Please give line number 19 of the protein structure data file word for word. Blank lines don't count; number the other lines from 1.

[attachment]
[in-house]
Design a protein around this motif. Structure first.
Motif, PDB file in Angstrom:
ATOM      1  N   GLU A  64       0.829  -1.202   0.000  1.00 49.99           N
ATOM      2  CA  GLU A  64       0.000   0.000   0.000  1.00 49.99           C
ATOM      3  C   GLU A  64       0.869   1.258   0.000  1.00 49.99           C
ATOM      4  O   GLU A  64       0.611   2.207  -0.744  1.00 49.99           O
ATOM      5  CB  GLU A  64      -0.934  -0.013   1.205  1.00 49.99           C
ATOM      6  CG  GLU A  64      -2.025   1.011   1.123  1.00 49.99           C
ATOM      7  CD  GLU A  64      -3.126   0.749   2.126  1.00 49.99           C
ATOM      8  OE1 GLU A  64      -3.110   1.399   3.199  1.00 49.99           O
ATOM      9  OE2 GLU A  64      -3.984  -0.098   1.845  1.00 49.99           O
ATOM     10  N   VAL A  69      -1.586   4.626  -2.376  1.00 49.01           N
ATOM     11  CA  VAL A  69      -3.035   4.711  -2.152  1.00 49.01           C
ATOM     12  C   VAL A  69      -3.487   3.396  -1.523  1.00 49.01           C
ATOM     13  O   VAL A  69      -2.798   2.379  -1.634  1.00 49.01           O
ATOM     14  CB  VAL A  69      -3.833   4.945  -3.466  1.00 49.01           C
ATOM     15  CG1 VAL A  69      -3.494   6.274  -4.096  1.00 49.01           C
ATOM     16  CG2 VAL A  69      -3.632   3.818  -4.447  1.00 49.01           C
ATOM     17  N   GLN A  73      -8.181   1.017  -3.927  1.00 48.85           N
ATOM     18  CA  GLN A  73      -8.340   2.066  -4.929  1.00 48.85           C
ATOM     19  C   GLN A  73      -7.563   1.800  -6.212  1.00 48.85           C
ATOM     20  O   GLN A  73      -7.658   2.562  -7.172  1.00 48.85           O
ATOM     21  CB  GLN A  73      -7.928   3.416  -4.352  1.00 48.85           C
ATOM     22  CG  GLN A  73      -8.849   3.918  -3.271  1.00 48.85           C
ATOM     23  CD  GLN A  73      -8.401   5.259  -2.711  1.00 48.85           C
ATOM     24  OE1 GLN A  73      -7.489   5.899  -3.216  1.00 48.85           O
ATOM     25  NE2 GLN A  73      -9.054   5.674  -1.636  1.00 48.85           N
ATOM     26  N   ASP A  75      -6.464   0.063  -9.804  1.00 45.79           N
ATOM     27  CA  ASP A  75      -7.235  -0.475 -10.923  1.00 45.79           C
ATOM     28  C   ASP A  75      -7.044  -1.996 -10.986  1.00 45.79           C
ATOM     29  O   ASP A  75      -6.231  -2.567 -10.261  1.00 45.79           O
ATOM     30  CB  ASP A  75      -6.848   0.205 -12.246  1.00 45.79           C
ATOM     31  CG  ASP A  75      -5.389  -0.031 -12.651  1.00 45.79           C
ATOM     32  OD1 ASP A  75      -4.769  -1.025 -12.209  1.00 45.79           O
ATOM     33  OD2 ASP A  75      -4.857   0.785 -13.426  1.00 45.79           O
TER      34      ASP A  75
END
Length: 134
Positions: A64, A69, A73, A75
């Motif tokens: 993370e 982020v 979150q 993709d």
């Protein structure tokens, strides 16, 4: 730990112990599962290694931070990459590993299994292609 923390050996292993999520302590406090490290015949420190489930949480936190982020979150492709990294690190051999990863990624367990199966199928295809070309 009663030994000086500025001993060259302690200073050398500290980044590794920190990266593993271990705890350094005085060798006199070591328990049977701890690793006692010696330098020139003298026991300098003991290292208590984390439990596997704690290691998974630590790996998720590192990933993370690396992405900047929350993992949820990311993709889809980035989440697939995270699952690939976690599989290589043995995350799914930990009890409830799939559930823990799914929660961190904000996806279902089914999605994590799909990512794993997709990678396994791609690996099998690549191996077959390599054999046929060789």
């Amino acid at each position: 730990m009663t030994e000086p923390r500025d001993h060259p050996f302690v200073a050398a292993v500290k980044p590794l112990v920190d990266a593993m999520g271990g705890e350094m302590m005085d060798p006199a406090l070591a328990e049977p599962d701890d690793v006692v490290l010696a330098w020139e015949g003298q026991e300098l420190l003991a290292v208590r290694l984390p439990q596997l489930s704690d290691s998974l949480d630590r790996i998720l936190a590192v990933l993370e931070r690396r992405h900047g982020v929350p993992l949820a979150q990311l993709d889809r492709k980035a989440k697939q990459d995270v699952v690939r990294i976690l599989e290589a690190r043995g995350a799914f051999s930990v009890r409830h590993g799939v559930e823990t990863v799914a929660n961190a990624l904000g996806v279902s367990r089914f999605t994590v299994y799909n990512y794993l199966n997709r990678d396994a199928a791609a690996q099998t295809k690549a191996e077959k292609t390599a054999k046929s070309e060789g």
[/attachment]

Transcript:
ATOM     16  CG2 VAL A  69      -3.632   3.818  -4.447  1.00 49.01           C